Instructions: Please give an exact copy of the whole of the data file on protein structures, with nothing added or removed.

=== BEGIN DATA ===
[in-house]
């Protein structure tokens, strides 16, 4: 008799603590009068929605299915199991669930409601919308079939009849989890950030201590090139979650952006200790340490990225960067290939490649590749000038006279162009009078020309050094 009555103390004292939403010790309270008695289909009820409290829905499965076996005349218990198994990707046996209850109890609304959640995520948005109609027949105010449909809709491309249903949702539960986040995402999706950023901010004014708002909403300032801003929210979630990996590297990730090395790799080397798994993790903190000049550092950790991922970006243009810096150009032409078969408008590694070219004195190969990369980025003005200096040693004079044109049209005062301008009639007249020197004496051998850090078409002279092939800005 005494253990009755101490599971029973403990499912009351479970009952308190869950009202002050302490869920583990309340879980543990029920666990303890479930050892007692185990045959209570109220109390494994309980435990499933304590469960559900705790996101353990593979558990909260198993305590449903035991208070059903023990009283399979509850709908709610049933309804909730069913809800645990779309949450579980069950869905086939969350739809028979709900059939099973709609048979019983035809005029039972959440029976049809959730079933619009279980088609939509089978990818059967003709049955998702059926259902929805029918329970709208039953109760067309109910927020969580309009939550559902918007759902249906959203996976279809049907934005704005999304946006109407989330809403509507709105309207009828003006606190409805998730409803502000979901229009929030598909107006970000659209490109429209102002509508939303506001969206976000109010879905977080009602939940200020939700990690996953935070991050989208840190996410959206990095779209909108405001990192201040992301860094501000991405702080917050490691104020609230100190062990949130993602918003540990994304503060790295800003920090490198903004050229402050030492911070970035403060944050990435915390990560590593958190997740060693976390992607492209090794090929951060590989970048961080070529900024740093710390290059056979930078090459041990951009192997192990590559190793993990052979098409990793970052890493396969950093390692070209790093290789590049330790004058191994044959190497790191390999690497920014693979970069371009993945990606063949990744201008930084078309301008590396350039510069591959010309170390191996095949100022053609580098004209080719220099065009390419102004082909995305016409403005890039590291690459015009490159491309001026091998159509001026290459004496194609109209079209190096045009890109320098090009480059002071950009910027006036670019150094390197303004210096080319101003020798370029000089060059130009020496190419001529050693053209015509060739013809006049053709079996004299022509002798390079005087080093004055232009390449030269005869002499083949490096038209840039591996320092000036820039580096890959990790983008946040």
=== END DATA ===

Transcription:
[in-house]
């Protein structure tokens, strides 16, 4: 008799603590009068929605299915199991669930409601919308079939009849989890950030201590090139979650952006200790340490990225960067290939490649590749000038006279162009009078020309050094 009555103390004292939403010790309270008695289909009820409290829905499965076996005349218990198994990707046996209850109890609304959640995520948005109609027949105010449909809709491309249903949702539960986040995402999706950023901010004014708002909403300032801003929210979630990996590297990730090395790799080397798994993790903190000049550092950790991922970006243009810096150009032409078969408008590694070219004195190969990369980025003005200096040693004079044109049209005062301008009639007249020197004496051998850090078409002279092939800005 005494253990009755101490599971029973403990499912009351479970009952308190869950009202002050302490869920583990309340879980543990029920666990303890479930050892007692185990045959209570109220109390494994309980435990499933304590469960559900705790996101353990593979558990909260198993305590449903035991208070059903023990009283399979509850709908709610049933309804909730069913809800645990779309949450579980069950869905086939969350739809028979709900059939099973709609048979019983035809005029039972959440029976049809959730079933619009279980088609939509089978990818059967003709049955998702059926259902929805029918329970709208039953109760067309109910927020969580309009939550559902918007759902249906959203996976279809049907934005704005999304946006109407989330809403509507709105309207009828003006606190409805998730409803502000979901229009929030598909107006970000659209490109429209102002509508939303506001969206976000109010879905977080009602939940200020939700990690996953935070991050989208840190996410959206990095779209909108405001990192201040992301860094501000991405702080917050490691104020609230100190062990949130993602918003540990994304503060790295800003920090490198903004050229402050030492911070970035403060944050990435915390990560590593958190997740060693976390992607492209090794090929951060590989970048961080070529900024740093710390290059056979930078090459041990951009192997192990590559190793993990052979098409990793970052890493396969950093390692070209790093290789590049330790004058191994044959190497790191390999690497920014693979970069371009993945990606063949990744201008930084078309301008590396350039510069591959010309170390191996095949100022053609580098004209080719220099065009390419102004082909995305016409403005890039590291690459015009490159491309001026091998159509001026290459004496194609109209079209190096045009890109320098090009480059002071950009910027006036670019150094390197303004210096080319101003020798370029000089060059130009020496190419001529050693053209015509060739013809006049053709079996004299022509002798390079005087080093004055232009390449030269005869002499083949490096038209840039591996320092000036820039580096890959990790983008946040």